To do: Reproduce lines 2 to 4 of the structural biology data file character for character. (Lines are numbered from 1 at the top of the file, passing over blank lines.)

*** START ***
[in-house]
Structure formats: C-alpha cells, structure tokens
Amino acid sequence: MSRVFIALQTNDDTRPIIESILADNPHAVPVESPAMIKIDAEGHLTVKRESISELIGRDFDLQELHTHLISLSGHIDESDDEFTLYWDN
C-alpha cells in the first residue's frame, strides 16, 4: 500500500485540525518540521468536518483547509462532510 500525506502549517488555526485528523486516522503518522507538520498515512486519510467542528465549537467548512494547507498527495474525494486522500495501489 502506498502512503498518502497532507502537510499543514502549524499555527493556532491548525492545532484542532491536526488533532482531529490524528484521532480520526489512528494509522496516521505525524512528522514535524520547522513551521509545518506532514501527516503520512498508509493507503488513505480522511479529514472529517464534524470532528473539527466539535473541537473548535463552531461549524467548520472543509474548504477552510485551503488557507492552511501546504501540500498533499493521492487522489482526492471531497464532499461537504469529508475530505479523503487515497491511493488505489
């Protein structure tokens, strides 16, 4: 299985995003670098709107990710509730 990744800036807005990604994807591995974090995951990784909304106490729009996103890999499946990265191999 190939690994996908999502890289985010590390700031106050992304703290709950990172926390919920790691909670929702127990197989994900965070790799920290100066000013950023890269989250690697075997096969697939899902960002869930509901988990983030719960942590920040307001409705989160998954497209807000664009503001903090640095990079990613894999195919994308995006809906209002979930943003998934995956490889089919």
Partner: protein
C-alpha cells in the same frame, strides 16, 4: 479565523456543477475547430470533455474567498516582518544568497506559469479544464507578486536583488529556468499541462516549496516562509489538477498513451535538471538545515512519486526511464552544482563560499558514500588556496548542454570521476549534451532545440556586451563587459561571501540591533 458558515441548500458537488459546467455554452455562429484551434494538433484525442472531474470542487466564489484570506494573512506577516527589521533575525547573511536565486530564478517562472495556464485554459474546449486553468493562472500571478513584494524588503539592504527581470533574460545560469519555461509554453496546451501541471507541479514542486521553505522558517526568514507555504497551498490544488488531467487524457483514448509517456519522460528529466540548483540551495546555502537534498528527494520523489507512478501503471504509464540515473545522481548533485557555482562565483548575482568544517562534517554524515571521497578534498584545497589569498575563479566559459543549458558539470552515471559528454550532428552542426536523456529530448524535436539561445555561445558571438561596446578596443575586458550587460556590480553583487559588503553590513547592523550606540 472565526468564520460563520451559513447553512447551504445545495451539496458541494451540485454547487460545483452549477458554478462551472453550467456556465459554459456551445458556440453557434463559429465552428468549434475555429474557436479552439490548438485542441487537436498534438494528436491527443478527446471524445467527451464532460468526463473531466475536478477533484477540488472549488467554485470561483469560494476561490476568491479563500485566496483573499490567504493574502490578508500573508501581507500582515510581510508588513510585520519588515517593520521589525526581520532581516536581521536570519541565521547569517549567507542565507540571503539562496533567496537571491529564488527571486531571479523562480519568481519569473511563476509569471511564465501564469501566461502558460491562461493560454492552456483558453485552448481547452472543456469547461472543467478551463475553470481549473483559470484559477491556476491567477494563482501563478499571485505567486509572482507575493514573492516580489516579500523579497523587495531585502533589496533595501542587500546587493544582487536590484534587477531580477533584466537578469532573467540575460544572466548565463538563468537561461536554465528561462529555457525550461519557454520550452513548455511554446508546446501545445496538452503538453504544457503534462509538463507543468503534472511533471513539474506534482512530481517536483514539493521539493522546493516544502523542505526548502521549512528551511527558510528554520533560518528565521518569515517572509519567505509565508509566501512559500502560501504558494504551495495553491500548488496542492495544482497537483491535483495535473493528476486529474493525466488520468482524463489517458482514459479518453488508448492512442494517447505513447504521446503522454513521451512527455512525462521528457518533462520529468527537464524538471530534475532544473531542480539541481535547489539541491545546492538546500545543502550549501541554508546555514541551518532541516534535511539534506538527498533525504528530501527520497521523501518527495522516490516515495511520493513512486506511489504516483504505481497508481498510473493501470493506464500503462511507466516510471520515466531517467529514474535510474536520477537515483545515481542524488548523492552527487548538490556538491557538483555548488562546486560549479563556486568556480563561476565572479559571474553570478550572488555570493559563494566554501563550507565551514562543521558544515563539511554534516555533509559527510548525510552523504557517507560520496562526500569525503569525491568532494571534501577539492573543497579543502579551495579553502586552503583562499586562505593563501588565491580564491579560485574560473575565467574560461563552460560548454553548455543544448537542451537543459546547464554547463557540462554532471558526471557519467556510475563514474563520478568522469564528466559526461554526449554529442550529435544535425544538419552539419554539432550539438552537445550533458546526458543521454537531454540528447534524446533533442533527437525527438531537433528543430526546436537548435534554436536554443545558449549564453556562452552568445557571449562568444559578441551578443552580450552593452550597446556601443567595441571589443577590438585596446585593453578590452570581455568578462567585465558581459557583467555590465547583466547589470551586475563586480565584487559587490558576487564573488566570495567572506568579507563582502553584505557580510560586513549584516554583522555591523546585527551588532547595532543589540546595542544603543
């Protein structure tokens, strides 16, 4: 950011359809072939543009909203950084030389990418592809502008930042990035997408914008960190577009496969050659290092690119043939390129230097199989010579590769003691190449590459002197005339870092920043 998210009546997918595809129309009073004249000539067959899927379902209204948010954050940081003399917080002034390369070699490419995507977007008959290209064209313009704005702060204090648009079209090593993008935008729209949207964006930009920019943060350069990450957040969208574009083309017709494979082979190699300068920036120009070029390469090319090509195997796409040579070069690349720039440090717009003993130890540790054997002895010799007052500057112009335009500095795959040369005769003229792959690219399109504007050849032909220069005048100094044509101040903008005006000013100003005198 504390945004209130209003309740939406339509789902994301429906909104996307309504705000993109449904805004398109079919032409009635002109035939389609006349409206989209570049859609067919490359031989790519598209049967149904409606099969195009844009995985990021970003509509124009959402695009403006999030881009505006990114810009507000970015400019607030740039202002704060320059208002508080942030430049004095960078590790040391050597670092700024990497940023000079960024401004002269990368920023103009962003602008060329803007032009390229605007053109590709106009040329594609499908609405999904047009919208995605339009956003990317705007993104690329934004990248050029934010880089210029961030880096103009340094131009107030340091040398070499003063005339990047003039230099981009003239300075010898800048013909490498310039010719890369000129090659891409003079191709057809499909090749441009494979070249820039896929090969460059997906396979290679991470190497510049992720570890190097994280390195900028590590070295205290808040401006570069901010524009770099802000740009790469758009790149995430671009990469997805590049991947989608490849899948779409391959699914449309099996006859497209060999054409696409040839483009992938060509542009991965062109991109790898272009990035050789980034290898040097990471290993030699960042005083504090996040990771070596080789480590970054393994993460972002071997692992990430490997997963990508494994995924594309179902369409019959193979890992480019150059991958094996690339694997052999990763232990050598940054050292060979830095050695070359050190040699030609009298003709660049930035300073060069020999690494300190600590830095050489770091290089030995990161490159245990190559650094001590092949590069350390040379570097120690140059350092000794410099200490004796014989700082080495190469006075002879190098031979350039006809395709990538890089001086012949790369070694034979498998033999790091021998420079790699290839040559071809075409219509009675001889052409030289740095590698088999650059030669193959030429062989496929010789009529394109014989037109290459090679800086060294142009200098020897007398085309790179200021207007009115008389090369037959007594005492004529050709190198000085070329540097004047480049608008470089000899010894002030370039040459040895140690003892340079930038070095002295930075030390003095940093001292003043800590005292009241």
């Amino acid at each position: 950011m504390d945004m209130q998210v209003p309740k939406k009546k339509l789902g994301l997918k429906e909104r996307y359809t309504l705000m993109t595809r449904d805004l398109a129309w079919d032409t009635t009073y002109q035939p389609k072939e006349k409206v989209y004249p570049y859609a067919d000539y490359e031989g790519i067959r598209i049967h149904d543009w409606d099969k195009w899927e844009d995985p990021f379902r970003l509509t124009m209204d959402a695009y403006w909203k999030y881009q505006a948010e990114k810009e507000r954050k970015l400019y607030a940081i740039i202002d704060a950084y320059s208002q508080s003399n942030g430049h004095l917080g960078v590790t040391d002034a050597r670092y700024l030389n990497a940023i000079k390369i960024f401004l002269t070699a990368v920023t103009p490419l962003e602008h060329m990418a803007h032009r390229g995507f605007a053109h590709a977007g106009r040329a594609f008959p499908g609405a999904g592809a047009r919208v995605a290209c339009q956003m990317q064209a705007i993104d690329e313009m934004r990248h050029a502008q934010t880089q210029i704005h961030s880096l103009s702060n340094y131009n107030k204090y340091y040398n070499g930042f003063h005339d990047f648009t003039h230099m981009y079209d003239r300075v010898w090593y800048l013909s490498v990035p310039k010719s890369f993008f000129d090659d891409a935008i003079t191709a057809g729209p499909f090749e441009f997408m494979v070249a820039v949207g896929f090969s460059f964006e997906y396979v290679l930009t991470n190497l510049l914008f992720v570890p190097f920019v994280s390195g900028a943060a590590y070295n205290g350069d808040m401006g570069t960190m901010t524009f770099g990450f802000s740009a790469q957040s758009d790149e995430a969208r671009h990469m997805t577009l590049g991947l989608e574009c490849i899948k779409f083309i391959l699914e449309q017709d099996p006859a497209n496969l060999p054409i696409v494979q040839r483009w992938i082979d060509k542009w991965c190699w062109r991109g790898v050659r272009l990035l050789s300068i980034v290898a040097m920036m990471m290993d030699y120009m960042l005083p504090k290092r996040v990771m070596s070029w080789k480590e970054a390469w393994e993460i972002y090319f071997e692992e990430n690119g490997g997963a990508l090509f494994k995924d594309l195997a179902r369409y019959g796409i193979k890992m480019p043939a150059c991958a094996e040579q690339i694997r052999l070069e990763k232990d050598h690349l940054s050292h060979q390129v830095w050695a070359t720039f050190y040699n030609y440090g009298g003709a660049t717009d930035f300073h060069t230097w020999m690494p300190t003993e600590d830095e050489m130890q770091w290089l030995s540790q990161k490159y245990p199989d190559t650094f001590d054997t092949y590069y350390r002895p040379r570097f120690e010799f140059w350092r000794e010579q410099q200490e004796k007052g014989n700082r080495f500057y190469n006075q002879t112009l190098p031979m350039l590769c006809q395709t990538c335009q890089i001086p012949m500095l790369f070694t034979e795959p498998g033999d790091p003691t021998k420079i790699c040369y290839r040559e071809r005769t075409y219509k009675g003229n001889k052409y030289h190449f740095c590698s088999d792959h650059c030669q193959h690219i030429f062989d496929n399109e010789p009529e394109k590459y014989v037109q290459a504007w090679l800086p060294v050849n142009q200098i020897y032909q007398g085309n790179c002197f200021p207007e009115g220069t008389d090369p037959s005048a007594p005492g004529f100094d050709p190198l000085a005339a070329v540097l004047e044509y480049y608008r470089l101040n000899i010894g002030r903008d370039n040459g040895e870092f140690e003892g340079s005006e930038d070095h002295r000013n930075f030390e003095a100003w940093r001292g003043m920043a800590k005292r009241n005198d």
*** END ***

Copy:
Structure formats: C-alpha cells, structure tokens
Amino acid sequence: MSRVFIALQTNDDTRPIIESILADNPHAVPVESPAMIKIDAEGHLTVKRESISELIGRDFDLQELHTHLISLSGHIDESDDEFTLYWDN
C-alpha cells in the first residue's frame, strides 16, 4: 500500500485540525518540521468536518483547509462532510 500525506502549517488555526485528523486516522503518522507538520498515512486519510467542528465549537467548512494547507498527495474525494486522500495501489 502506498502512503498518502497532507502537510499543514502549524499555527493556532491548525492545532484542532491536526488533532482531529490524528484521532480520526489512528494509522496516521505525524512528522514535524520547522513551521509545518506532514501527516503520512498508509493507503488513505480522511479529514472529517464534524470532528473539527466539535473541537473548535463552531461549524467548520472543509474548504477552510485551503488557507492552511501546504501540500498533499493521492487522489482526492471531497464532499461537504469529508475530505479523503487515497491511493488505489